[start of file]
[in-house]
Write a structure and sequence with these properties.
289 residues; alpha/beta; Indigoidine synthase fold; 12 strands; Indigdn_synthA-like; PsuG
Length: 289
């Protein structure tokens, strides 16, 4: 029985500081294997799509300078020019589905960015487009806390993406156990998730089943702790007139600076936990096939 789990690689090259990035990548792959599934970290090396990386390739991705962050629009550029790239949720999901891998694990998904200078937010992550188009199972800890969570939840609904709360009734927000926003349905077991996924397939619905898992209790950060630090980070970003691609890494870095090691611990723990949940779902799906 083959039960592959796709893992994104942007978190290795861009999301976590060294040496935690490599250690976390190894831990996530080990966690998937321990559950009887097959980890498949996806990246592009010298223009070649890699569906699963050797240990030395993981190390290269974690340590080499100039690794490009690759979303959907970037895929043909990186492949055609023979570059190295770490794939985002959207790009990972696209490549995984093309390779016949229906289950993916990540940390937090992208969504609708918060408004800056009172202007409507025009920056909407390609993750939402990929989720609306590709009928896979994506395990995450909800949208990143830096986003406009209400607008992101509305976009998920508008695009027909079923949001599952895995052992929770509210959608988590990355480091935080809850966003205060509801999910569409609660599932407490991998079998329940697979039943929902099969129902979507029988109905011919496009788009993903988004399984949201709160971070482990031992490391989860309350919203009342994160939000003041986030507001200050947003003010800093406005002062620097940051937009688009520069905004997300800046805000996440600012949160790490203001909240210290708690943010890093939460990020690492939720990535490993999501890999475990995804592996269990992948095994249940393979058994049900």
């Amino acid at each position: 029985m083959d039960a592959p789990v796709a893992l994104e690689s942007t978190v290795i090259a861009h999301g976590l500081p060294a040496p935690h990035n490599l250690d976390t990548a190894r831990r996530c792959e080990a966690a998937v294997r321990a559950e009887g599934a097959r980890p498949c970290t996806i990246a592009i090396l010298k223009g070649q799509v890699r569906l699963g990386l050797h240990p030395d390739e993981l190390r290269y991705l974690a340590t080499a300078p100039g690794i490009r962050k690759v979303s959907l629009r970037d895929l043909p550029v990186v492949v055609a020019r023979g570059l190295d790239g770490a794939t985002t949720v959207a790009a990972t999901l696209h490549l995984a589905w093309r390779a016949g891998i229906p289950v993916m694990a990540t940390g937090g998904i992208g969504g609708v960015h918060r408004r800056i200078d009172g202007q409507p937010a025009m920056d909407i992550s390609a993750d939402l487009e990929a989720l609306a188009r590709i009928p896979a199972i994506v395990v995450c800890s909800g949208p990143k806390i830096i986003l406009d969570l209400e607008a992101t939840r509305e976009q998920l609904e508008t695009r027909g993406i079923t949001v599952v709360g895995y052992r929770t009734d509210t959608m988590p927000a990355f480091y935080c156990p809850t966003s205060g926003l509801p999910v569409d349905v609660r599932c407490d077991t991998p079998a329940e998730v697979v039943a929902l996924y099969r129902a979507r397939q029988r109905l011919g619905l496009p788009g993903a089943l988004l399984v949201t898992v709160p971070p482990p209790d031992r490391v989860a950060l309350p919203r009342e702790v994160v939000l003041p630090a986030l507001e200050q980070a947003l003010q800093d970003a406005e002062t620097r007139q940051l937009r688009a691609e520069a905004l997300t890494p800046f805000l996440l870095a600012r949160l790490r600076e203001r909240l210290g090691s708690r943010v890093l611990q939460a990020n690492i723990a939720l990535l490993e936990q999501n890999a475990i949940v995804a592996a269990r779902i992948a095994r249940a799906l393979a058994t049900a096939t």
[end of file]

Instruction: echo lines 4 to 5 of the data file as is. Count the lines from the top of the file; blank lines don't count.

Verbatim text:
Length: 289
């Protein structure tokens, strides 16, 4: 029985500081294997799509300078020019589905960015487009806390993406156990998730089943702790007139600076936990096939 789990690689090259990035990548792959599934970290090396990386390739991705962050629009550029790239949720999901891998694990998904200078937010992550188009199972800890969570939840609904709360009734927000926003349905077991996924397939619905898992209790950060630090980070970003691609890494870095090691611990723990949940779902799906 083959039960592959796709893992994104942007978190290795861009999301976590060294040496935690490599250690976390190894831990996530080990966690998937321990559950009887097959980890498949996806990246592009010298223009070649890699569906699963050797240990030395993981190390290269974690340590080499100039690794490009690759979303959907970037895929043909990186492949055609023979570059190295770490794939985002959207790009990972696209490549995984093309390779016949229906289950993916990540940390937090992208969504609708918060408004800056009172202007409507025009920056909407390609993750939402990929989720609306590709009928896979994506395990995450909800949208990143830096986003406009209400607008992101509305976009998920508008695009027909079923949001599952895995052992929770509210959608988590990355480091935080809850966003205060509801999910569409609660599932407490991998079998329940697979039943929902099969129902979507029988109905011919496009788009993903988004399984949201709160971070482990031992490391989860309350919203009342994160939000003041986030507001200050947003003010800093406005002062620097940051937009688009520069905004997300800046805000996440600012949160790490203001909240210290708690943010890093939460990020690492939720990535490993999501890999475990995804592996269990992948095994249940393979058994049900």